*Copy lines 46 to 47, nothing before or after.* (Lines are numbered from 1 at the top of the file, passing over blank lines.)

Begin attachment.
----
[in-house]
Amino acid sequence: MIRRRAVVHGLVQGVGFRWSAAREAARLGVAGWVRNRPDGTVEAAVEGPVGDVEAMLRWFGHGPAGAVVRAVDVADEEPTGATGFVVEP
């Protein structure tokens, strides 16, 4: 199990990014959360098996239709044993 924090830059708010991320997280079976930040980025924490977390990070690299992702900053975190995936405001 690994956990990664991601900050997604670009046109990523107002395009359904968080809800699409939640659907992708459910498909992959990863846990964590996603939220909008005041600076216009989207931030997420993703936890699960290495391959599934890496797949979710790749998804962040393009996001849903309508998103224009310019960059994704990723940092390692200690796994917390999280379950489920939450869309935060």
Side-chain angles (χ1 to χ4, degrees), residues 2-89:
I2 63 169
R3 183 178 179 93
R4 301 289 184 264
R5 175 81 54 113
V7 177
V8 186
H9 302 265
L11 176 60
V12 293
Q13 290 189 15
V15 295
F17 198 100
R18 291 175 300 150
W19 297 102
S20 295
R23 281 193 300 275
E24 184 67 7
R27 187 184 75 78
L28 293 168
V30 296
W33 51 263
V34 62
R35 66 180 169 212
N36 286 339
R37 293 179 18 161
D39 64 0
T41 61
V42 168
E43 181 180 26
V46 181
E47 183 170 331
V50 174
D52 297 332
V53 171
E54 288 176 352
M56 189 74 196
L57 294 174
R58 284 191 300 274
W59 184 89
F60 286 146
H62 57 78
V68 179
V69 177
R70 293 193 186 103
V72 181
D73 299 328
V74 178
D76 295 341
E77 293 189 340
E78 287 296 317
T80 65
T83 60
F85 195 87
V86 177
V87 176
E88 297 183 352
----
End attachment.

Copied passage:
V68 179
V69 177